The bacteria were initially discovered in the remains of South Korean abalones, an edible sea snails. They have an impact on marine life and flourish in ocean water. As a result, they can spread to humans who eat raw seafood. The soft tissues are impacted by the infection they bring on. Those who are impacted may have a fever and require weeks of intensive hospital care and treatments.

Bacteroidetees bacteria:

The bacteria are thought to be beneficial and are found in ocean water. They can also be found on animal skin and guts in addition to water. However, in a marine environment, microorganisms aid in the breakdown and consumption of polymer compounds, including plastics. As a result, they contribute significantly to the breakdown of polymers found in ocean waters and are involved in the oceans' carbon cycle.

Vibrio anguillarum Bacteria:

All around the world, this specific kind of bacteria thrives in late summer brackish or salt water. They are the cause of vibriosis or red pest of eels' sickness. They mostly affect salmon fish and can result in a number of strange body part enlargements. Although fish illness has been treated with antibiotics, the bacteria have developed a resistance to them. These days, a vaccine is utilized to prevent them.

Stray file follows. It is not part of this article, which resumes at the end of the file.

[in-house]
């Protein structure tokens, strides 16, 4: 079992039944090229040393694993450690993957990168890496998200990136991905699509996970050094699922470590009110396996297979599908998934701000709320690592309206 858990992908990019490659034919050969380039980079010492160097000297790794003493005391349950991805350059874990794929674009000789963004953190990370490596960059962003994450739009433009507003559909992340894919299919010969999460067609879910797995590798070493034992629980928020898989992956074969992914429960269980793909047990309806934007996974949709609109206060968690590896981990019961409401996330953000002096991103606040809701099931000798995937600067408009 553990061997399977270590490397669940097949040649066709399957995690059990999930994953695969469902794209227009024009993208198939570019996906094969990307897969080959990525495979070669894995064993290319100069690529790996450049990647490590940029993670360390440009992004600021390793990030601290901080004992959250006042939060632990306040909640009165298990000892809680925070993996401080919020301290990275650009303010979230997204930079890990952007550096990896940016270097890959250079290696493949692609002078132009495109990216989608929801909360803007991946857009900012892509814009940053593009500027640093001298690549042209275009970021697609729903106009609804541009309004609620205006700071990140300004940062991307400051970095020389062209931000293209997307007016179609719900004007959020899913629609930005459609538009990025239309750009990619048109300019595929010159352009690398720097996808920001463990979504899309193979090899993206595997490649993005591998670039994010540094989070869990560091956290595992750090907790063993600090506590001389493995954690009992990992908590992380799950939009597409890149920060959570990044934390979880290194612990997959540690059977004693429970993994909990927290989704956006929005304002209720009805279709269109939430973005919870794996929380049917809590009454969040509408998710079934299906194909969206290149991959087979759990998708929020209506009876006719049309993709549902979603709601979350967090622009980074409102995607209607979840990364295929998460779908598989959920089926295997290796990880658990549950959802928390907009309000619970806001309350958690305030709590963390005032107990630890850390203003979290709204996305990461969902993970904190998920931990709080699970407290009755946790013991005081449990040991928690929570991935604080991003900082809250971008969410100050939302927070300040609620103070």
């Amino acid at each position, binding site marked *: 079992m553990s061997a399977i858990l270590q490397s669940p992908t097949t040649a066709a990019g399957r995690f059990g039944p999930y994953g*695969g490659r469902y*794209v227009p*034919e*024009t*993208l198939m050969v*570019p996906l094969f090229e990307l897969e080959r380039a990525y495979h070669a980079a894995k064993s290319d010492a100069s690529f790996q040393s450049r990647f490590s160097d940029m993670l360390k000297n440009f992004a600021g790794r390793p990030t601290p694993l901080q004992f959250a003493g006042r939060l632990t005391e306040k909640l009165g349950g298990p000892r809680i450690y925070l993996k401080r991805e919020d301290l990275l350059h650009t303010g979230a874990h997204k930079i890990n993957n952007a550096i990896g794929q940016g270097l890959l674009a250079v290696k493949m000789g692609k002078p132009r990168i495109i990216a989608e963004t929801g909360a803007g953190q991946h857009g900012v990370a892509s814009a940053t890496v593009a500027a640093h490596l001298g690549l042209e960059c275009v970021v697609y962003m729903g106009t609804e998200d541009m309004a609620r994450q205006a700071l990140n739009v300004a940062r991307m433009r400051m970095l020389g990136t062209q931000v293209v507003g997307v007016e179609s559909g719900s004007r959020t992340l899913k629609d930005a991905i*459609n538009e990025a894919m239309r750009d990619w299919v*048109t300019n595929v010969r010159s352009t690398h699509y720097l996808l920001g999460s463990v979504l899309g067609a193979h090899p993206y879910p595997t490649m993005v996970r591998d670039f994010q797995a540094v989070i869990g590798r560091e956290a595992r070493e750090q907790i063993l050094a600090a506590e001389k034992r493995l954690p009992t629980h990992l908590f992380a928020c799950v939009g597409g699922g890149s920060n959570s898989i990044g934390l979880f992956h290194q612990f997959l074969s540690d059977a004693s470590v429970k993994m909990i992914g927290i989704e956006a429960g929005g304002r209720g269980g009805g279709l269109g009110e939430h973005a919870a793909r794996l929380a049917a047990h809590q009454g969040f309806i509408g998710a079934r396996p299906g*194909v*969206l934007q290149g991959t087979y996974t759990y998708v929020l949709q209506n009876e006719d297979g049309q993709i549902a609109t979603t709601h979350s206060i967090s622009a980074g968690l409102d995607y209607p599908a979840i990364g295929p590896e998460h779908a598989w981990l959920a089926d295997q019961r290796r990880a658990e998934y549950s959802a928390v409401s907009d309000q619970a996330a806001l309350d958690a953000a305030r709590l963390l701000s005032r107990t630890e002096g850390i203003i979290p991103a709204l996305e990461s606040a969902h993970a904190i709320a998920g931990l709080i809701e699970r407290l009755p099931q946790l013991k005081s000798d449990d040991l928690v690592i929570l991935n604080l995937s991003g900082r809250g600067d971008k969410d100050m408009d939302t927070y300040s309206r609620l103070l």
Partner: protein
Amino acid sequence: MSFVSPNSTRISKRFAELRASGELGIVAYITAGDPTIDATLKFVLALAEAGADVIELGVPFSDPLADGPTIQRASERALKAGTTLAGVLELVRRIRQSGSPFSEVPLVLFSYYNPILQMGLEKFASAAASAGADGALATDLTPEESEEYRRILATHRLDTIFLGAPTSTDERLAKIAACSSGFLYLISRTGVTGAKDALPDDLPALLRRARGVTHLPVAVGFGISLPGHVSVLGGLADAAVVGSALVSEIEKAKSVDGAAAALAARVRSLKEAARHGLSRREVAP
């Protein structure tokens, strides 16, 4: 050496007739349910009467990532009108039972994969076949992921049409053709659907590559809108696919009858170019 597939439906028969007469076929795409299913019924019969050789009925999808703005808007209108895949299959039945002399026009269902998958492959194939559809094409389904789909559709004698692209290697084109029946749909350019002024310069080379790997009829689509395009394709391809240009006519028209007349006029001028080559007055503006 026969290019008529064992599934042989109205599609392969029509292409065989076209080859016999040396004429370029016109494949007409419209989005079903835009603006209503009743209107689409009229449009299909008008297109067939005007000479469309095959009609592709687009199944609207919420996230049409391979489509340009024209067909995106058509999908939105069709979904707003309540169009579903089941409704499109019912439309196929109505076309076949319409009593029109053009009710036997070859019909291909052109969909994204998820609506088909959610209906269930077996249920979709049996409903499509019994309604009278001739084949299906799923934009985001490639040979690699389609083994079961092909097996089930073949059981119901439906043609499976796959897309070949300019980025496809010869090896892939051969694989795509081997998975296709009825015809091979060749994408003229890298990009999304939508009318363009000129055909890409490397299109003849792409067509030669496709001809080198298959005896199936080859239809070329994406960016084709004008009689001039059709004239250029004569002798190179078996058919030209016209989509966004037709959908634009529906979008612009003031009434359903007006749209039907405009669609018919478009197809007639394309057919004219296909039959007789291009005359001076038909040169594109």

Vibrio harveyi Bacteria:

These microorganisms are found in tropical marine waters. They are the cause of the illness's luminous vibriosis. Farmed prawns are particularly affected by this disease. In addition, the bacteria are to blame for the occurrence of milky oceans. The phenomena cause the ocean to create a blue glow that is visible at night. A 16.000 km2 area can be covered by the radiance.

Even though there are many microorganisms in the ocean that may cause immense danger to humans, they are still needed in order to keep ocean waters healthy.